Gil Ballance, 93, is seen at home in Charlotte.
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Photo courtesy of South Charlotte News, a Charlotte Observer publication, 2012

Gil Ballance, 93, is seen at home in Charlotte.

‘Journey Home’ brings author back to Newland

By Robert Kelly - Goss

The Daily Advance

1 Comment | Leave a Comment

Gil Balance is 93 years old, a former educator, Pasquotank County native and now an author. The man that grew up in Newland has penned a novel based on the life of his family, and life in the rural region of Pasquotank County in the early part of the 20th century.

“Leah’s Journey Home,” is a story about a pregnant woman from Currituck’s Outer Banks who marries a man from Newland. It’s a story about the hardship of those early days and the joy Leah finds in life here in Pasquotank County.

Ballance will be at the Newland United Methodist Church Sunday to sign and talk about his book from 2 p.m. to 4 p.m.

“The book is about a young, unmarried pregnant woman on the Outer Banks of Currituck going to marry soon, but her boyfriend is accidentally killed in a hunting accident,” explained Ballance form his home in Charlotte. “She marries an older man in name only.”

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The woman is based upon Ballance’s mother, however the author does take some creative license with her character and experience. The people in the story, however, reflect his memories of growing up in Newland, a story that involved several years of research with the help of folks such as former Museum of the Albemarle design chief Don Pendergraft, and the late Fred Fearing, Elizabeth City’s unofficial historian.

Ballance’s mother married his father with two children in two. His father brought 10 children to the marriage, and the couple would go on to have three more children of their own.

Ballance’s father was 73 years old when he was born.

“My father and mother’s background were so unusual I thought hey, why not write about my family which is most unusual because when I tell people my father was 73 when I was born, they say ‘He Was?’. Of course my mother was 30 years younger.”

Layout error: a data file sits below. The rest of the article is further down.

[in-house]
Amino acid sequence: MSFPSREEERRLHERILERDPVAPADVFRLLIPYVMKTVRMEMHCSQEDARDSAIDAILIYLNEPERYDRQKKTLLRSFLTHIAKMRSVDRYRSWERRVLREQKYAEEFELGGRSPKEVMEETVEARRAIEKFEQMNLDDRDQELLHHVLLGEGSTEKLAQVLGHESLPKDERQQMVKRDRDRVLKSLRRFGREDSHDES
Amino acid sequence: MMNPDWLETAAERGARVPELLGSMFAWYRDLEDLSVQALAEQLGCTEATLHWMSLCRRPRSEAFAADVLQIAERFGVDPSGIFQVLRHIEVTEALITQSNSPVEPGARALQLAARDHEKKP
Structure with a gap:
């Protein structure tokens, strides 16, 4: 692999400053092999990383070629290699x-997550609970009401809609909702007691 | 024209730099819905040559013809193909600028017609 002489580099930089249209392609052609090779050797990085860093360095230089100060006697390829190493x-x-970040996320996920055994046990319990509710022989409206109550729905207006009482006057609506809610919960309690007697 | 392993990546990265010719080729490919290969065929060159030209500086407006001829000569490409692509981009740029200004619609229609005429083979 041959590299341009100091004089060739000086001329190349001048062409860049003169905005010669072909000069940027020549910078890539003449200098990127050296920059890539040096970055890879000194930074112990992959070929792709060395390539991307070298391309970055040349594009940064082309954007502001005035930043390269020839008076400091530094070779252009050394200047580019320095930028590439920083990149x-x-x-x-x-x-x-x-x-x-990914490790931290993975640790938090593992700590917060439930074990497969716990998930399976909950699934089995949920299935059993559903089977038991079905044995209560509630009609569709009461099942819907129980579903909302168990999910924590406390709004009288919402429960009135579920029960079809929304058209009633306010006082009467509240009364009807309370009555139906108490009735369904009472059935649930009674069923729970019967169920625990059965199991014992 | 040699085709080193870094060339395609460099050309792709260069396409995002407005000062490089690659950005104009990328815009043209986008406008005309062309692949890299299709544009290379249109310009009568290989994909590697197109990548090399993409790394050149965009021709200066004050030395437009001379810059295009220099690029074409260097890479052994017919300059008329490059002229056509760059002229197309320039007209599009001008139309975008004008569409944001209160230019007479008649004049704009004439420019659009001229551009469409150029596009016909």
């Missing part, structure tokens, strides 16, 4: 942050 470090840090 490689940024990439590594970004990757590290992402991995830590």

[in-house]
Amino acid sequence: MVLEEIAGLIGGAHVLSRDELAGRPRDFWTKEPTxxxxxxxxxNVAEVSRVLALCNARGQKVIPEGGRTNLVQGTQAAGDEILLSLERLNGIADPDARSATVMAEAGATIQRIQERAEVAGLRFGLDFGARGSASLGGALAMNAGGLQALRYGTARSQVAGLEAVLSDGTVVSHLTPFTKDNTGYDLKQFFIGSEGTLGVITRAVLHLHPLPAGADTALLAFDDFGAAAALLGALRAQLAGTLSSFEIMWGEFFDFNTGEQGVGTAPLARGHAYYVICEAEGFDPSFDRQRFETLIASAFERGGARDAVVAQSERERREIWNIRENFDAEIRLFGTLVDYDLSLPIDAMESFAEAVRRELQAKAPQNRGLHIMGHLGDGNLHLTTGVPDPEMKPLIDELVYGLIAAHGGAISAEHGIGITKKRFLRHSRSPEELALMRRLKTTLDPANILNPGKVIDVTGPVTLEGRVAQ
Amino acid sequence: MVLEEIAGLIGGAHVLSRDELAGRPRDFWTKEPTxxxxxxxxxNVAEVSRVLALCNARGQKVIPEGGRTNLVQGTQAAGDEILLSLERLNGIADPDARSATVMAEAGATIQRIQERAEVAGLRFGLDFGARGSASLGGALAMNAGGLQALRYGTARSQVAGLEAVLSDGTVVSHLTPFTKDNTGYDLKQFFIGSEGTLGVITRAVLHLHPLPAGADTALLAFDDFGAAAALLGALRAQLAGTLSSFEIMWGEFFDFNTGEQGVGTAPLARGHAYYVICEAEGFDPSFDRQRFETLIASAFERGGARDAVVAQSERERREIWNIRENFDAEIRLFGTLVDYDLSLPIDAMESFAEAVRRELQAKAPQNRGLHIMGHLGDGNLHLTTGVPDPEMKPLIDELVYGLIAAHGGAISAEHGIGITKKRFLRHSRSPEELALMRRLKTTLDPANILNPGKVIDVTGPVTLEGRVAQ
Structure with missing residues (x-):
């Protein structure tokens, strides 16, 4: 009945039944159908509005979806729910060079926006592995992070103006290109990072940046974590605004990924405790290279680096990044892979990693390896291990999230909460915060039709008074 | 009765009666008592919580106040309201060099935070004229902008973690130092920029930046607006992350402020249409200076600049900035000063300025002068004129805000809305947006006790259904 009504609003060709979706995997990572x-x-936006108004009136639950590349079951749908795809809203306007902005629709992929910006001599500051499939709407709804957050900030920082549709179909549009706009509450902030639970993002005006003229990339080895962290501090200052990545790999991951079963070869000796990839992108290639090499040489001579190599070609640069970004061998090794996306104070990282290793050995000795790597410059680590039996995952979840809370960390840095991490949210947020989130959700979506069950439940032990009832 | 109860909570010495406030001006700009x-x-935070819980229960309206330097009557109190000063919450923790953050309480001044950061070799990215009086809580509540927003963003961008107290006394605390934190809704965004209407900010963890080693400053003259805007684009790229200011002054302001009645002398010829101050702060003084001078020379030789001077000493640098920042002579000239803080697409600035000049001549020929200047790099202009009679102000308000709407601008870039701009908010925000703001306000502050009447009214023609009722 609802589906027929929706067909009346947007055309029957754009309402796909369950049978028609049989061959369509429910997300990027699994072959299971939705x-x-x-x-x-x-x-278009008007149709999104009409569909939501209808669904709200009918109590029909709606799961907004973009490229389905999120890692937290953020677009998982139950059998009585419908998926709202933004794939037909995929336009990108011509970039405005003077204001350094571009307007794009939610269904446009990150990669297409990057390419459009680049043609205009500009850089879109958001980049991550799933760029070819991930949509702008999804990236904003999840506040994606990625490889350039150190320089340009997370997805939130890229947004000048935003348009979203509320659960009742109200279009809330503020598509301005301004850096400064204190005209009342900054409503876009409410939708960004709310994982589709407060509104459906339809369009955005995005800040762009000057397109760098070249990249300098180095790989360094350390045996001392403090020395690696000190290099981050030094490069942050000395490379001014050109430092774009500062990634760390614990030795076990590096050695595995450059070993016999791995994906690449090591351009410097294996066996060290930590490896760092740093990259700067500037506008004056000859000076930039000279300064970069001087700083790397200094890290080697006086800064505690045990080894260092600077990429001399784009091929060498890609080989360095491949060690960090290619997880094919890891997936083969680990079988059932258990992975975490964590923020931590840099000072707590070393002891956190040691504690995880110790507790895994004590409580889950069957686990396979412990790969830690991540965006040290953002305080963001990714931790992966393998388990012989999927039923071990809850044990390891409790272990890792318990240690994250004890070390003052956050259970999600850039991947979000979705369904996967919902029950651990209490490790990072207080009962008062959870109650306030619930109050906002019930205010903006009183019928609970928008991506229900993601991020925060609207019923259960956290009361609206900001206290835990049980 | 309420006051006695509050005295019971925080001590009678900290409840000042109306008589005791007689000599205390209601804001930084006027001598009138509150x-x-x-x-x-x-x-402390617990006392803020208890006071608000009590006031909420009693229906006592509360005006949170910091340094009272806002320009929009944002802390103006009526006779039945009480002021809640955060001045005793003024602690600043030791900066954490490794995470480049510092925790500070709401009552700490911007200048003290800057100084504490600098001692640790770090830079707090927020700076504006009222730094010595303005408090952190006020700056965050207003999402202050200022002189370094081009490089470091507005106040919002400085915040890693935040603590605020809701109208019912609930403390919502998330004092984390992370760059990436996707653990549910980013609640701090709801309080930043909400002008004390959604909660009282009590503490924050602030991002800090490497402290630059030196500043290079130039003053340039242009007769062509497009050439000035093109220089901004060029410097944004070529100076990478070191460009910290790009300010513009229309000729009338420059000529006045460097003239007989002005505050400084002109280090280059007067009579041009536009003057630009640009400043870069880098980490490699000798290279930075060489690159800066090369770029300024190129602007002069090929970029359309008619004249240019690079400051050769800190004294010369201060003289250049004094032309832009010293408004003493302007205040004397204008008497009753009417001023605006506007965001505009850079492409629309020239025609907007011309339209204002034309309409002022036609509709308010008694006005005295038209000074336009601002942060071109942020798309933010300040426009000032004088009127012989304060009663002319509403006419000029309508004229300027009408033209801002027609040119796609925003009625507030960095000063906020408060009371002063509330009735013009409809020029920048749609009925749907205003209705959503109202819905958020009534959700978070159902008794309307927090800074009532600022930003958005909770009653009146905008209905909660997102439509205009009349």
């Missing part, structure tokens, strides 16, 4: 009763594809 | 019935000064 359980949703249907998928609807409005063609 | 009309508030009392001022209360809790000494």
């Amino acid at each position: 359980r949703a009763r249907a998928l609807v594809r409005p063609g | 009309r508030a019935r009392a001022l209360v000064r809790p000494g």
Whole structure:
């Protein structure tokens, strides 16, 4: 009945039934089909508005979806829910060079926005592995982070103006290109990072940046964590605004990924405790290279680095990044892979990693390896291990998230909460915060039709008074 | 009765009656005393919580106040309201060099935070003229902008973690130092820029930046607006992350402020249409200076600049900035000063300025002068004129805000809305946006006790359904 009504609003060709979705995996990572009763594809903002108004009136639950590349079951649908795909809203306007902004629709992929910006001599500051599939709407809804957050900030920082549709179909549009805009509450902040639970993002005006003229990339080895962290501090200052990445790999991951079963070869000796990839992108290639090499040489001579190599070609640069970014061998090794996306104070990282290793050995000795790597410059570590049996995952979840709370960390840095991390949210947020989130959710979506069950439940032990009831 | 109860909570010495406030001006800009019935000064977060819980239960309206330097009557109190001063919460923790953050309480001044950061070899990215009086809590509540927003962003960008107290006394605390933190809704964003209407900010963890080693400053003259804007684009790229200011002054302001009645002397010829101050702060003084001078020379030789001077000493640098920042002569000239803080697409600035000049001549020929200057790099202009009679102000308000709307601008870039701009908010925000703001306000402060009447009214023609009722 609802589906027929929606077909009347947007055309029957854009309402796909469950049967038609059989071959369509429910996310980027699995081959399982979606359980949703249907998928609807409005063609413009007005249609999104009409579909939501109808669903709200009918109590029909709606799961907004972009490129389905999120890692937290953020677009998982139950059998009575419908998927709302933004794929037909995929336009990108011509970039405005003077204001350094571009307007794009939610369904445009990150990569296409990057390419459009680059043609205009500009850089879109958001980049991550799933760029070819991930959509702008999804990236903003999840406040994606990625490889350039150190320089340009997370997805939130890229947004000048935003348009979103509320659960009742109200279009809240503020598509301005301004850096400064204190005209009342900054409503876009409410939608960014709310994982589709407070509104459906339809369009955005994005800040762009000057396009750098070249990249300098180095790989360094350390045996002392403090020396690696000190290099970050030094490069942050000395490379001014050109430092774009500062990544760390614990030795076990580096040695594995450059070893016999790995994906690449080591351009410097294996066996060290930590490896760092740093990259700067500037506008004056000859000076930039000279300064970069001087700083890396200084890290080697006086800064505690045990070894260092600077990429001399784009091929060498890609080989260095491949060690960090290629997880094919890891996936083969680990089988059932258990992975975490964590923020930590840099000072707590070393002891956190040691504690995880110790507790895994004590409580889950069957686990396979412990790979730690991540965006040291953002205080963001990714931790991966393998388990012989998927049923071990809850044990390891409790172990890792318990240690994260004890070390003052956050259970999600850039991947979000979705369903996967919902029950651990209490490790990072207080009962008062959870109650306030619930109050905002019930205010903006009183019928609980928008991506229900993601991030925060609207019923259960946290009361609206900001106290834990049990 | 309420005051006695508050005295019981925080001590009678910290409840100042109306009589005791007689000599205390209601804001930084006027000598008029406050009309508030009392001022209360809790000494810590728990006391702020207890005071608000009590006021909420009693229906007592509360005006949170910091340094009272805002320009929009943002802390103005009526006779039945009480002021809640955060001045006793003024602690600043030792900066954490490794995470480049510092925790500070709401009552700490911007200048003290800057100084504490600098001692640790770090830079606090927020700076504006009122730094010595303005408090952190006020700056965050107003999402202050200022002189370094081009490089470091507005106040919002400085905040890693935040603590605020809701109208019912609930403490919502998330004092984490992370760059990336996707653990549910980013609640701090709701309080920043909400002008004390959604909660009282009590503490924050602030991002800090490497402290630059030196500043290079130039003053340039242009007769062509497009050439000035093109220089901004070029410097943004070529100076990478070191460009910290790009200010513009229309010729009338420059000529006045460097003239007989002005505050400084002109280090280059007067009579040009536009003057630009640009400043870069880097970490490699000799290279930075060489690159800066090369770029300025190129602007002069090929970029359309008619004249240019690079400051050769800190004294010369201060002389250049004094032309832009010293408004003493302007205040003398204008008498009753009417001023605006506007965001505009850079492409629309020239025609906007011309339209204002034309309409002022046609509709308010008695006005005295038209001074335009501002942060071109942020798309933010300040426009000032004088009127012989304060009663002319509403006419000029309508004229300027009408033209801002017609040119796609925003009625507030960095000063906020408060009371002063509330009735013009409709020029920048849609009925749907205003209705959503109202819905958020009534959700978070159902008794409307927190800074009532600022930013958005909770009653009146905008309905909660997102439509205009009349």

Ballance’s father was born somewhere around 1846 in Virginia, he said. The man was a teenager when the Civil War broke out, but he would stay home with the family farm while his own father went off to fight the war with a slave that had been with the Ballance family for some time.

“It’s nothing to proud of,” Ballance said of his family owning a slave.”

Ballance says he’s not certain when his family settled in the Newland region of Pasquotank County, but it would have been some time ago.

He says he wanted to set the story in Newland and around the Great Dismal Swamp because these are places near and dear to his heart.

He drew his characters not only from his family, but also from his neighbors. The story line reflects life in the region during the early 20th century, detailing what Elizabeth City native and head of the creative writing program at the University of North Carolina at Chapel Hill says is “uplifting.”

“Gil Ballance’s social drama modeled in part on his own family history is precise, good hearted and uplifting,” Simpson wrote of the book. “A welcome addition to the literature of eastern North Carolina.”

For his part, Ballance had always dreamed of writing a novel, but there was a lot living to do. He would join the Army Air Corps before the Japanese attacked Pearl Harbor and subsequently fight in World War II.

He would go on to earn a degree from UNC Chapel Hill and work in the broadcast industry for a while before becoming a broadcast teacher at Charlotte’s Central High School.

He and his brother, who is now 100, are the only surviving children from the 14 raised in Newland.

Comments

Say what?

I reckon it's the english teacher in me, but when I see something wrong in a composition I just have to comment on it. In paragraphs 13 and 14 is a quote and a "sort of" attribution to one "Simpson." Usually when that occurs the person being referenced has already been identified by his first and last name. I did a careful second sweep of the story and find "Simpson" is the first and only reference and leaves one wondering "Who?". Bart?

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